Today, let’s start at the top of our heads with that little circle that is a staple of Jewish fashion. I know that many of you are like me and have drawers full of these—a huge collection. You can find them anywhere. Men find them in the inside pocket of their High Holy Day suit, or in the car in the glove compartment. Or maybe you have yours scrunched in a little zipper bag that also contains the tallit.
We’re talking about the kippah.
|The Kippah Shop In Jerusalem|
In a typical Reform or Conservative synagogue, it is common to see a mixture of many different styles of kippot, sometimes based on heritage but often based simply on taste. Almost all synagogues provide simple kippot, mostly the economical light-weight black ones so that anyone who wants to can wear a yarmulke during the service.
This brings me to a frequently asked question: Kippah or Yarmulke? Which word is correct? Actually both are. Kippah is a Hebrew word, and Yarmulke is a Yiddish word that comes from the Hebrew.
Kippah, the Hebrew word, means, “dome.” It comes from the evolution of the Jewish head covering that morphed into a little circular “dome” that we place on the top of heads.
The word Yarmulke is more complex. It comes from two Hebrew words, “Yareh Malka,” that translate to “the fear of the throne,” or “awe of the throne.” The Yareh Malka originated from the concept that a person should wear a headcover to remind him of the awe he should have in the presence of G-d. From there the word evolved from “Yareh Malka” into the Yiddush, Yarmulke!
But whether your kippah/yarmulke is black leather and generations old, or satin from the last wedding you attended, or rainbow designed from your granddaughter’s Bat Mitzvah, They have one thing in common: Minhag! Kippot are minhag or “custom.” No Jewish laws exist regarding what kind of head covering should be worn, and furthermore, there is no halakah or Jewish law that requires the wearing of a kippah. So how did they get so popular? Where does this idea come from and why is the wearing of a yarmulke one of the oldest and most obvious signs that the wearer is Jewish?
Our sages have a variety of opinions. They refer to the Talmud, which justifies the wearing of a kippah because we read in the morning blessing the part where we thank God for "crowning Israel with splendor" (Talmud - Brachot 60b).
Rabbi Solomon Luria’s wrote about kippah fashion in words that date back to the 1600’s. He told the story of a man who suffered from severe headaches. This man asked Rabbi Luria if he could be permitted to eat bareheaded. Rabbi Luria responded that, while there is no official requirement to wear head coverings even during prayer, the custom had become so widely accepted that anyone going about without a kippah was considered impious; therefore, he suggested that the man wear a soft kippah made of fine linen or silk.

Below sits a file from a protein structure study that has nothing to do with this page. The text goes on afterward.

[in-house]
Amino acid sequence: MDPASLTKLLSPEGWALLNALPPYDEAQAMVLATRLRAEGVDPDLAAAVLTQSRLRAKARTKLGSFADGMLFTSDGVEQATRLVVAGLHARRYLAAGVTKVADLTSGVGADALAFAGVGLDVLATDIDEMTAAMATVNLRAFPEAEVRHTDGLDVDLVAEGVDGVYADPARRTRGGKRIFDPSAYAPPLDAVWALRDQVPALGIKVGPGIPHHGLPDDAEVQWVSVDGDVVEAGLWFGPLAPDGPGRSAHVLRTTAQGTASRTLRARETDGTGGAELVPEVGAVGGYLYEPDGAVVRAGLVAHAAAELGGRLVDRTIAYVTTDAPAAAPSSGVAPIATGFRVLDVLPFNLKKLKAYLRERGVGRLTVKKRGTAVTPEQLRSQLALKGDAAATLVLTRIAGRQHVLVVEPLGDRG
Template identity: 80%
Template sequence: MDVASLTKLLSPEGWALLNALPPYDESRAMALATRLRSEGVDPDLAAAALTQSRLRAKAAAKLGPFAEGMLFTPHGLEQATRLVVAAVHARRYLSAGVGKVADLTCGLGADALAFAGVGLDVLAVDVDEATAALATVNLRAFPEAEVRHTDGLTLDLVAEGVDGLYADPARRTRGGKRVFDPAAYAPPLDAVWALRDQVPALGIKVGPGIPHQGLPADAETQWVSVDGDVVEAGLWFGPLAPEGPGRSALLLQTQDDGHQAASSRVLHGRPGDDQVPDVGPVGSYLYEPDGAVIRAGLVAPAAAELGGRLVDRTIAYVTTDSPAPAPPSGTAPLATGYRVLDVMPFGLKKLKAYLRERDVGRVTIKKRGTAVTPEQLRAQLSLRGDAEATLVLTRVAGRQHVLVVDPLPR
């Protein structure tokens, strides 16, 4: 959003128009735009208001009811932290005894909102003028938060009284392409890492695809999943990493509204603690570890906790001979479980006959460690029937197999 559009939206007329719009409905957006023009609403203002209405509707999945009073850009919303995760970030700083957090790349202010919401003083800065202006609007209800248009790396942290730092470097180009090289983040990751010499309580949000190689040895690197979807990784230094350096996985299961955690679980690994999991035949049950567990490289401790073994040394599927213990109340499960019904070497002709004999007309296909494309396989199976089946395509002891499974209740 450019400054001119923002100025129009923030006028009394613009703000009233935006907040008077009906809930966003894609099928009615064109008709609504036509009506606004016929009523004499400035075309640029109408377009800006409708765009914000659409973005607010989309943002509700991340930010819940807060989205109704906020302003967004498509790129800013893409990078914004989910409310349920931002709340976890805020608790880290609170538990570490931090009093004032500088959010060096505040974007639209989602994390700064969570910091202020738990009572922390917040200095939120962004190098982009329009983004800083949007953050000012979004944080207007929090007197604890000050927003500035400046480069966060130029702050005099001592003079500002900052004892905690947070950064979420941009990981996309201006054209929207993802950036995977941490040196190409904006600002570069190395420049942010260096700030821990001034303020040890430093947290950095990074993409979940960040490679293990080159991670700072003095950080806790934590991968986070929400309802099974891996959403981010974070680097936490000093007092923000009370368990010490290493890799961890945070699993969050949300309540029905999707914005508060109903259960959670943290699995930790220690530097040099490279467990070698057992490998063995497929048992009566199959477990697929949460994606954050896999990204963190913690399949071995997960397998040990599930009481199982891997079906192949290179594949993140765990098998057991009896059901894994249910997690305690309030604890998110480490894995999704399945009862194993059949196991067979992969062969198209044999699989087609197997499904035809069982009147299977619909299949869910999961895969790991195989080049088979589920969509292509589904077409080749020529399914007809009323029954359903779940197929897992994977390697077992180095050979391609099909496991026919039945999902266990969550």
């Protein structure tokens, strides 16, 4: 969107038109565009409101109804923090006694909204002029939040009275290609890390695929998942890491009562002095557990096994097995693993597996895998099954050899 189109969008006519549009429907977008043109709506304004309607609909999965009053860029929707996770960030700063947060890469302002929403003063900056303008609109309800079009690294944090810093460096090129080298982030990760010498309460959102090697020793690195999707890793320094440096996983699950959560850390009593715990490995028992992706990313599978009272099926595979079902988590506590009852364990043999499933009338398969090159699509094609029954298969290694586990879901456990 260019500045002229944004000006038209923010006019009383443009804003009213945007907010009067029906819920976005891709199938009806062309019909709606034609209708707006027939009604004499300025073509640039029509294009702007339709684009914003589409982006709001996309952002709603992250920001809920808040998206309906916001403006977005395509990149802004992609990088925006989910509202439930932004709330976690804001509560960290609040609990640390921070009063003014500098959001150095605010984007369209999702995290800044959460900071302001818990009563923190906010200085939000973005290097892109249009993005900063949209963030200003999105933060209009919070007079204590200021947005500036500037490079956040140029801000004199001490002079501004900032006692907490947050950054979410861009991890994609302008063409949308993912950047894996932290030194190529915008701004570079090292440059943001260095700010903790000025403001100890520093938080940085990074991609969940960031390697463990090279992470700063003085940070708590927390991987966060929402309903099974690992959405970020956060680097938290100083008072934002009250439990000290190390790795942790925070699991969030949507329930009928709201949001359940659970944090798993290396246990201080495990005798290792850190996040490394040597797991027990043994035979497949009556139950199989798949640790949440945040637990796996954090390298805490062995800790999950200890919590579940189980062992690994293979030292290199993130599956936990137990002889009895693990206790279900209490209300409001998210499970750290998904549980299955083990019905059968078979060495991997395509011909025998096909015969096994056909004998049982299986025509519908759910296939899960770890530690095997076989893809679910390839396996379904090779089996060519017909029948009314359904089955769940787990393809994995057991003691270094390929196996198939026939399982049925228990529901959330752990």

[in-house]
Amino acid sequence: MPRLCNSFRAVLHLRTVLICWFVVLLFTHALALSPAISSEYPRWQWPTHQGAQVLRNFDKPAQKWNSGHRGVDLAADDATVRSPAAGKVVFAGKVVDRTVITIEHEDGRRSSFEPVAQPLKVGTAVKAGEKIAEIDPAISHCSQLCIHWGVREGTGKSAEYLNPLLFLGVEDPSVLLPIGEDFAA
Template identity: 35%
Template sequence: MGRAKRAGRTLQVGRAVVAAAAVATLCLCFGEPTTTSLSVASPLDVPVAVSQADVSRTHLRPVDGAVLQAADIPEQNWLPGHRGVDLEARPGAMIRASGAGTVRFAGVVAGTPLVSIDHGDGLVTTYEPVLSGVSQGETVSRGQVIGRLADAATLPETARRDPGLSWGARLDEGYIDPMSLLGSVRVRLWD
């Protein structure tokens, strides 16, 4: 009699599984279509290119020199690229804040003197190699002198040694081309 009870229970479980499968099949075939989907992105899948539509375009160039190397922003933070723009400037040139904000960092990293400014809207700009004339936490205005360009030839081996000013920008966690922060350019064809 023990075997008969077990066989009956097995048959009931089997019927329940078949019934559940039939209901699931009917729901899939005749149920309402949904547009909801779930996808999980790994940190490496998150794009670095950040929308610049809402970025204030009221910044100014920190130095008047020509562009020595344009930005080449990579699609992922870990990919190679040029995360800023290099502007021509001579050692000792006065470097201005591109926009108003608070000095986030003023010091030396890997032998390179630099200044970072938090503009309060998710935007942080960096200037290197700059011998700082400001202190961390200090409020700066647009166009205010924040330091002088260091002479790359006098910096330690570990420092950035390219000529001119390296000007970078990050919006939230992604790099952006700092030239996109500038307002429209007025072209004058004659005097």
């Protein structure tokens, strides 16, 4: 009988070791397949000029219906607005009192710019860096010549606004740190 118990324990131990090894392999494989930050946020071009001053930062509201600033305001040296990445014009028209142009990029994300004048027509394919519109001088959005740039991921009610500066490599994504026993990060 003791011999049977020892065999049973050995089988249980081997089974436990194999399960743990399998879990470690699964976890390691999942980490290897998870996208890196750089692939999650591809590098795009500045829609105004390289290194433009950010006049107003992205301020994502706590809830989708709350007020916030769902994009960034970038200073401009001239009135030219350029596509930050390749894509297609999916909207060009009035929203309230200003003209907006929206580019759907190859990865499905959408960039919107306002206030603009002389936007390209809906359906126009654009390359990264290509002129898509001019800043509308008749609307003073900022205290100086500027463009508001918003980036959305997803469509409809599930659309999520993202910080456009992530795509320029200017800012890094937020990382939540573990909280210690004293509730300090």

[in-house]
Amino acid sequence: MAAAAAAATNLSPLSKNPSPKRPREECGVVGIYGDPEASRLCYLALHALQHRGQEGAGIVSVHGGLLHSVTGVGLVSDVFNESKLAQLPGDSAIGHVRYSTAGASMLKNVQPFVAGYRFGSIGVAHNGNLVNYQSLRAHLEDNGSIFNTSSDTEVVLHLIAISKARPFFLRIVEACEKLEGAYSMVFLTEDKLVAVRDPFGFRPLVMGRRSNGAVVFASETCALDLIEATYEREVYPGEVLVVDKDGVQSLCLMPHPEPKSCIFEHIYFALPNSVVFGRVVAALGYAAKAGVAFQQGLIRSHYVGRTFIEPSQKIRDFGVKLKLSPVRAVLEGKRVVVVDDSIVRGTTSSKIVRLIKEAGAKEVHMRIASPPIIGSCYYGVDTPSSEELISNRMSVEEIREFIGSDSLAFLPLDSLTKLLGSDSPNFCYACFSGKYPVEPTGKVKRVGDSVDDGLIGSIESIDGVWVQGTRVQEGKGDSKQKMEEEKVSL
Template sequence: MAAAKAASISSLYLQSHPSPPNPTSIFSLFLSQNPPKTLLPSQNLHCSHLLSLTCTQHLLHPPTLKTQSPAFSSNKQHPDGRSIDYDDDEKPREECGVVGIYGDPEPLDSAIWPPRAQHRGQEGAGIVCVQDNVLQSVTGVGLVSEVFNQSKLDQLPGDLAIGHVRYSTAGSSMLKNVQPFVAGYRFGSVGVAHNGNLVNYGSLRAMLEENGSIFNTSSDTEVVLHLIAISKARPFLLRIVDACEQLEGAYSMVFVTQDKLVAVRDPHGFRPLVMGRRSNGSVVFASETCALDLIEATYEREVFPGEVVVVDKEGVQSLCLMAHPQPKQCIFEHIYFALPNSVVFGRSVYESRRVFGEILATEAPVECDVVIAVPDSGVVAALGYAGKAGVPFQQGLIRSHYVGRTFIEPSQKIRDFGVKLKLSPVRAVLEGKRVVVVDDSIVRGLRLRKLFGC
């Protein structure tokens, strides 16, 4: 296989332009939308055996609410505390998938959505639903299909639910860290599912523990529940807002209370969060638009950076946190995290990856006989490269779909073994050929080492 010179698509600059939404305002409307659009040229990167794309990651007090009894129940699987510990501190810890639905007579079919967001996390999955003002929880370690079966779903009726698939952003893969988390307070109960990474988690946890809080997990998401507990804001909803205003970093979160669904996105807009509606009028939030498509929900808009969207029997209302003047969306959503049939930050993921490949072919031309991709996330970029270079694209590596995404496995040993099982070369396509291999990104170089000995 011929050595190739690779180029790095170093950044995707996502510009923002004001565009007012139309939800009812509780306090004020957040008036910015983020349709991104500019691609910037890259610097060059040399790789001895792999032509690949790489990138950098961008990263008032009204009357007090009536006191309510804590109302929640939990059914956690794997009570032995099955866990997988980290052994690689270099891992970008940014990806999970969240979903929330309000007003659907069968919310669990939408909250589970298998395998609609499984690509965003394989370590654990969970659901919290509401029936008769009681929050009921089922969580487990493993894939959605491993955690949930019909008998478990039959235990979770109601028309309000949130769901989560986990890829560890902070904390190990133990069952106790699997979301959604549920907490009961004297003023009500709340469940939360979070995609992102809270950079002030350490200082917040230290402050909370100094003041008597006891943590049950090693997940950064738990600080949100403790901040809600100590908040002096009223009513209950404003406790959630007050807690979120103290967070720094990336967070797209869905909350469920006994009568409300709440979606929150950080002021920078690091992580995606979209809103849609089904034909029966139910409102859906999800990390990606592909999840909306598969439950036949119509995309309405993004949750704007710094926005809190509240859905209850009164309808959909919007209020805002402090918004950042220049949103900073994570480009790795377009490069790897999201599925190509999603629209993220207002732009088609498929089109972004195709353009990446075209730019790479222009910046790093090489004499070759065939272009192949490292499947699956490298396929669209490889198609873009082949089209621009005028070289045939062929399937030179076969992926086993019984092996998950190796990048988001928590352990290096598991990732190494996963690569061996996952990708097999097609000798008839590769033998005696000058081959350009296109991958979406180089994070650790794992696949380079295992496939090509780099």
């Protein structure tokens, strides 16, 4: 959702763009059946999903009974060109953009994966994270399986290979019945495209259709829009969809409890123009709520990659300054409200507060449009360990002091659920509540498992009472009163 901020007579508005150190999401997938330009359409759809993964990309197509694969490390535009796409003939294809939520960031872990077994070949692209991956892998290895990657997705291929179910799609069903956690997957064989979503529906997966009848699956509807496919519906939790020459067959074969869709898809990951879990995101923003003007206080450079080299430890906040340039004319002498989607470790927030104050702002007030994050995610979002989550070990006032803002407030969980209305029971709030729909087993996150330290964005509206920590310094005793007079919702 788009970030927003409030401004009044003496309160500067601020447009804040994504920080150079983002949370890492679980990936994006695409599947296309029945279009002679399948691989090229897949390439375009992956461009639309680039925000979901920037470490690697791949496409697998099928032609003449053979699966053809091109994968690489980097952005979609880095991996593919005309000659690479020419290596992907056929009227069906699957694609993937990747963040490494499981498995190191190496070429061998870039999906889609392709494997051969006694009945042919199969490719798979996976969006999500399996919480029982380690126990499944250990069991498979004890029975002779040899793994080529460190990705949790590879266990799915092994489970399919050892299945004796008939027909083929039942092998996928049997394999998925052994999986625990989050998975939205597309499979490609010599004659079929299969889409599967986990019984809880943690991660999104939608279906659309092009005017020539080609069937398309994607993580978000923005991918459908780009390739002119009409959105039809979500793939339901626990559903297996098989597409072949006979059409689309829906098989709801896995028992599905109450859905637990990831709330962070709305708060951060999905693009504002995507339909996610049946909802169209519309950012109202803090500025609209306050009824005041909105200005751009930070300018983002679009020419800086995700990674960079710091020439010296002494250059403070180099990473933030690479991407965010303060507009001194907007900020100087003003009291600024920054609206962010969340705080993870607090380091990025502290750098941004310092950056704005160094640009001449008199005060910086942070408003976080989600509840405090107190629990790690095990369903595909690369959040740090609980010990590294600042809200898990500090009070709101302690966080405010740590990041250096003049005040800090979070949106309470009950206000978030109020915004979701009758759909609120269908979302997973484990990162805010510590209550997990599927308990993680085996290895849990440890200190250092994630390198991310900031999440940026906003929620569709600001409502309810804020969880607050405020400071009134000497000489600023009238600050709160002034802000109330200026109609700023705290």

The practice of wearing kippot did, however, make its way into the Shulhan Arukh (Jewish Code of Law, mid-16th century). In the Shulchan Aruk we read that “one should not walk more than four cubits (about six feet) with an uncovered head.”
In the Middle Ages, French and Spanish rabbis introduced the practice of covering one's head during prayer and Torah study, and Maimonides (1135-1204) similarly ruled that a Jewish man should cover his head during prayer (Mishne Torah, Ahavah, Hilkhot Tefilah 5:5).
In the Torah, Exodus 28:4, we find that although only “The Kohanim serving in the Temple were required to cover their heads,” modern sages saw each Jew as equal to every other Jew and as such, wearing a head covering became an equal opportunity experience for Jewish men and women—Kohane, Levi or Yisraeli—anyone from any of the three Biblical classes could cover their heads if they chose.
One rabbi puts it well when he says, “Indeed, wearing a kippah is a big statement, and obligates the wearer to live up to a certain standard of behavior. A person has to think twice before cutting in line at the bank, yelling at a waiter or making any kind of a public scene. Wearing a kippah makes one a Torah ambassador and reflects on all Jews. The actions of someone wearing a kippah can create a Kiddush Hashem (sanctification of God's name).”
Over the years I've been asked many times why I always wear my kippah. For me, the answer isn't as simple as my professional calling. For me, wearing my kippah reminds me of the words of Torah. It gives me the opportunity to be a “Light unto the nations.” With God’s blessing on my head, my kippah will help me to set a good example, to make the right impression in the world…as a Jew.